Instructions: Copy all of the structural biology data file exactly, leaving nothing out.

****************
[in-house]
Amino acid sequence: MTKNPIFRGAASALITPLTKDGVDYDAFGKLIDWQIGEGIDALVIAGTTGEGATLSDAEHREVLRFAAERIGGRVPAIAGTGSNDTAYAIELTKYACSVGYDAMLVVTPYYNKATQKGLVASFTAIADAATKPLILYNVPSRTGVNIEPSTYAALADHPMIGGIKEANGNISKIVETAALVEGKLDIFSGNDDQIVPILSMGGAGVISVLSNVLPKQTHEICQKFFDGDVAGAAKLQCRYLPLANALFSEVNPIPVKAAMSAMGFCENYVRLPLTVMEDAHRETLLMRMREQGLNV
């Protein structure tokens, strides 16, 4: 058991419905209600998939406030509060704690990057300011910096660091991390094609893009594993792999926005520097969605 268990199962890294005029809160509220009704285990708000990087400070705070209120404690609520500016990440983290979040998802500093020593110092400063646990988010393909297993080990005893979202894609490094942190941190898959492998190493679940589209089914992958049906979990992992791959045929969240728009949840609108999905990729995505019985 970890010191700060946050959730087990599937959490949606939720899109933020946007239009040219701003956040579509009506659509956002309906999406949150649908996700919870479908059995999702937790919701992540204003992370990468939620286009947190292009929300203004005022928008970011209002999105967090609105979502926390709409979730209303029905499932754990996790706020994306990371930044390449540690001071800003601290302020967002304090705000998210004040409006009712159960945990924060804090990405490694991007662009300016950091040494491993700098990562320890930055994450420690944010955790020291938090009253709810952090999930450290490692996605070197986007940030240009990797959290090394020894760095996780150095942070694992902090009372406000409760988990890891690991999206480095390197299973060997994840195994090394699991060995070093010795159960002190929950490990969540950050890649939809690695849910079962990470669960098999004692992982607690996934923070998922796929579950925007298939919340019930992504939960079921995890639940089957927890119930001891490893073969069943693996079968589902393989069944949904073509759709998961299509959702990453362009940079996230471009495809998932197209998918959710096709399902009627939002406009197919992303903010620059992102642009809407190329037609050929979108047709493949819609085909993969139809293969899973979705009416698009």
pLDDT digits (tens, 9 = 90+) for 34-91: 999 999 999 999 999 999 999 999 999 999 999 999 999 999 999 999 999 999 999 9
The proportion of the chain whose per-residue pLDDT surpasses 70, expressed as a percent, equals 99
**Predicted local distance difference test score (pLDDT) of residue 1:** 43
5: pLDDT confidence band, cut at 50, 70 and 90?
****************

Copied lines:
[in-house]
Amino acid sequence: MTKNPIFRGAASALITPLTKDGVDYDAFGKLIDWQIGEGIDALVIAGTTGEGATLSDAEHREVLRFAAERIGGRVPAIAGTGSNDTAYAIELTKYACSVGYDAMLVVTPYYNKATQKGLVASFTAIADAATKPLILYNVPSRTGVNIEPSTYAALADHPMIGGIKEANGNISKIVETAALVEGKLDIFSGNDDQIVPILSMGGAGVISVLSNVLPKQTHEICQKFFDGDVAGAAKLQCRYLPLANALFSEVNPIPVKAAMSAMGFCENYVRLPLTVMEDAHRETLLMRMREQGLNV
């Protein structure tokens, strides 16, 4: 058991419905209600998939406030509060704690990057300011910096660091991390094609893009594993792999926005520097969605 268990199962890294005029809160509220009704285990708000990087400070705070209120404690609520500016990440983290979040998802500093020593110092400063646990988010393909297993080990005893979202894609490094942190941190898959492998190493679940589209089914992958049906979990992992791959045929969240728009949840609108999905990729995505019985 970890010191700060946050959730087990599937959490949606939720899109933020946007239009040219701003956040579509009506659509956002309906999406949150649908996700919870479908059995999702937790919701992540204003992370990468939620286009947190292009929300203004005022928008970011209002999105967090609105979502926390709409979730209303029905499932754990996790706020994306990371930044390449540690001071800003601290302020967002304090705000998210004040409006009712159960945990924060804090990405490694991007662009300016950091040494491993700098990562320890930055994450420690944010955790020291938090009253709810952090999930450290490692996605070197986007940030240009990797959290090394020894760095996780150095942070694992902090009372406000409760988990890891690991999206480095390197299973060997994840195994090394699991060995070093010795159960002190929950490990969540950050890649939809690695849910079962990470669960098999004692992982607690996934923070998922796929579950925007298939919340019930992504939960079921995890639940089957927890119930001891490893073969069943693996079968589902393989069944949904073509759709998961299509959702990453362009940079996230471009495809998932197209998918959710096709399902009627939002406009197919992303903010620059992102642009809407190329037609050929979108047709493949819609085909993969139809293969899973979705009416698009």
pLDDT digits (tens, 9 = 90+) for 34-91: 999 999 999 999 999 999 999 999 999 999 999 999 999 999 999 999 999 999 999 9
The proportion of the chain whose per-residue pLDDT surpasses 70, expressed as a percent, equals 99
**Predicted local distance difference test score (pLDDT) of residue 1:** 43
5: pLDDT confidence band, cut at 50, 70 and 90?